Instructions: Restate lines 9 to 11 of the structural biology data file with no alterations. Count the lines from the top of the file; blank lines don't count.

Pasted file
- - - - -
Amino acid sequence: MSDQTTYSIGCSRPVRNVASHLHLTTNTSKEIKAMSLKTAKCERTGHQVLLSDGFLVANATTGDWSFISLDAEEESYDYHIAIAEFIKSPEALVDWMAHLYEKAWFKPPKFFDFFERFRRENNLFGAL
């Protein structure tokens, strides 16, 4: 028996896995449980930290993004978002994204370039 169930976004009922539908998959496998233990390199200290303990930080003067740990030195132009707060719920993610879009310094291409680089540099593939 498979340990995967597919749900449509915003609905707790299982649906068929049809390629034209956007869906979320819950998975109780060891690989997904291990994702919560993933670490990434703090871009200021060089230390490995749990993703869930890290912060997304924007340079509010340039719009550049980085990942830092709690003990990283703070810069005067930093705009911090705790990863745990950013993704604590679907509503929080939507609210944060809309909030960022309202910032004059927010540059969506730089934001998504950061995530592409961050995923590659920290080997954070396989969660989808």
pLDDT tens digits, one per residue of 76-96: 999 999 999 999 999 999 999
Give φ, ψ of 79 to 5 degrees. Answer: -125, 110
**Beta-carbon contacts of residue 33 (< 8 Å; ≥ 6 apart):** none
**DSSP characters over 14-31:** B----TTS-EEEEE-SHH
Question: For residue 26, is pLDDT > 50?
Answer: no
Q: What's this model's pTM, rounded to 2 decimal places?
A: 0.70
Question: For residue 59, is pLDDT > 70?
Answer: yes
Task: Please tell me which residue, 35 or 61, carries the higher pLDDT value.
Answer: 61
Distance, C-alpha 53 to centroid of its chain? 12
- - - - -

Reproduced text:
Q: What's this model's pTM, rounded to 2 decimal places?
A: 0.70
Question: For residue 59, is pLDDT > 70?